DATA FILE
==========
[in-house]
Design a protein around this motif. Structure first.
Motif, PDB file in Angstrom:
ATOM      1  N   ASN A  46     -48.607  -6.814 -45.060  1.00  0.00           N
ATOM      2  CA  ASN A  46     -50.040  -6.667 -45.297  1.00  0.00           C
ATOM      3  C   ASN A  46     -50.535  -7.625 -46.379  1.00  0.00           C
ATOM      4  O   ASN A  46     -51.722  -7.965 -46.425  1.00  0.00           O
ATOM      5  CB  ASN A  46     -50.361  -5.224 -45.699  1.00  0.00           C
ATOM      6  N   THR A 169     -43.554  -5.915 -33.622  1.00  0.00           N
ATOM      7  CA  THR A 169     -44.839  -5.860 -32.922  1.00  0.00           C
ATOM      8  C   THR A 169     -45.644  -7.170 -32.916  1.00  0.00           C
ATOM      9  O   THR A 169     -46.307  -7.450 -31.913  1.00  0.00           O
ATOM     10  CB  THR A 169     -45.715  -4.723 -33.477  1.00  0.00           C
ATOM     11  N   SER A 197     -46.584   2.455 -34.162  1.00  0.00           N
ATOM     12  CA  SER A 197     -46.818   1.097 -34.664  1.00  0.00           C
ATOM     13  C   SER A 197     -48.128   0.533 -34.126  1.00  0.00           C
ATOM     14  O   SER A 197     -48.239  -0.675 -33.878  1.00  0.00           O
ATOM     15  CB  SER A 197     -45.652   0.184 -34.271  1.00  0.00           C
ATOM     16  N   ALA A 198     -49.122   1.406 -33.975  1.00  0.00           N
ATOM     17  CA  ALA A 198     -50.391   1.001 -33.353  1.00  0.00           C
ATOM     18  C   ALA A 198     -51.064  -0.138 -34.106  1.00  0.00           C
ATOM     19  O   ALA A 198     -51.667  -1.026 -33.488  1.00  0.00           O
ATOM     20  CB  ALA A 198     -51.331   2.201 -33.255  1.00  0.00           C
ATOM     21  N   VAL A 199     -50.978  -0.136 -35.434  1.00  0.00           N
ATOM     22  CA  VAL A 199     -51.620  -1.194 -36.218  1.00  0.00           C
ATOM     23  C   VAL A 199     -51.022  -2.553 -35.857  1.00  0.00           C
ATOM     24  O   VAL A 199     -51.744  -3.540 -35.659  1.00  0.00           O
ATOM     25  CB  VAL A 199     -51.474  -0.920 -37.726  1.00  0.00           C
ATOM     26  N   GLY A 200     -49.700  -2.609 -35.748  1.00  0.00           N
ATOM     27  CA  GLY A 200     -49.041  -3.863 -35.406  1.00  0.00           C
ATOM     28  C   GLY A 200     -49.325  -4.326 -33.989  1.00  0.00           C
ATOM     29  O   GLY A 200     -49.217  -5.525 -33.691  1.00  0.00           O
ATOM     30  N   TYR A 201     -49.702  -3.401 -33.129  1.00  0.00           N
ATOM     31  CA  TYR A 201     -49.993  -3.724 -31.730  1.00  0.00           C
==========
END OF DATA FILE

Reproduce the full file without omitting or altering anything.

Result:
[in-house]
Design a protein around this motif. Structure first.
Motif, PDB file in Angstrom:
ATOM      1  N   ASN A  46     -48.607  -6.814 -45.060  1.00  0.00           N
ATOM      2  CA  ASN A  46     -50.040  -6.667 -45.297  1.00  0.00           C
ATOM      3  C   ASN A  46     -50.535  -7.625 -46.379  1.00  0.00           C
ATOM      4  O   ASN A  46     -51.722  -7.965 -46.425  1.00  0.00           O
ATOM      5  CB  ASN A  46     -50.361  -5.224 -45.699  1.00  0.00           C
ATOM      6  N   THR A 169     -43.554  -5.915 -33.622  1.00  0.00           N
ATOM      7  CA  THR A 169     -44.839  -5.860 -32.922  1.00  0.00           C
ATOM      8  C   THR A 169     -45.644  -7.170 -32.916  1.00  0.00           C
ATOM      9  O   THR A 169     -46.307  -7.450 -31.913  1.00  0.00           O
ATOM     10  CB  THR A 169     -45.715  -4.723 -33.477  1.00  0.00           C
ATOM     11  N   SER A 197     -46.584   2.455 -34.162  1.00  0.00           N
ATOM     12  CA  SER A 197     -46.818   1.097 -34.664  1.00  0.00           C
ATOM     13  C   SER A 197     -48.128   0.533 -34.126  1.00  0.00           C
ATOM     14  O   SER A 197     -48.239  -0.675 -33.878  1.00  0.00           O
ATOM     15  CB  SER A 197     -45.652   0.184 -34.271  1.00  0.00           C
ATOM     16  N   ALA A 198     -49.122   1.406 -33.975  1.00  0.00           N
ATOM     17  CA  ALA A 198     -50.391   1.001 -33.353  1.00  0.00           C
ATOM     18  C   ALA A 198     -51.064  -0.138 -34.106  1.00  0.00           C
ATOM     19  O   ALA A 198     -51.667  -1.026 -33.488  1.00  0.00           O
ATOM     20  CB  ALA A 198     -51.331   2.201 -33.255  1.00  0.00           C
ATOM     21  N   VAL A 199     -50.978  -0.136 -35.434  1.00  0.00           N
ATOM     22  CA  VAL A 199     -51.620  -1.194 -36.218  1.00  0.00           C
ATOM     23  C   VAL A 199     -51.022  -2.553 -35.857  1.00  0.00           C
ATOM     24  O   VAL A 199     -51.744  -3.540 -35.659  1.00  0.00           O
ATOM     25  CB  VAL A 199     -51.474  -0.920 -37.726  1.00  0.00           C
ATOM     26  N   GLY A 200     -49.700  -2.609 -35.748  1.00  0.00           N
ATOM     27  CA  GLY A 200     -49.041  -3.863 -35.406  1.00  0.00           C
ATOM     28  C   GLY A 200     -49.325  -4.326 -33.989  1.00  0.00           C
ATOM     29  O   GLY A 200     -49.217  -5.525 -33.691  1.00  0.00           O
ATOM     30  N   TYR A 201     -49.702  -3.401 -33.129  1.00  0.00           N
ATOM     31  CA  TYR A 201     -49.993  -3.724 -31.730  1.00  0.00           C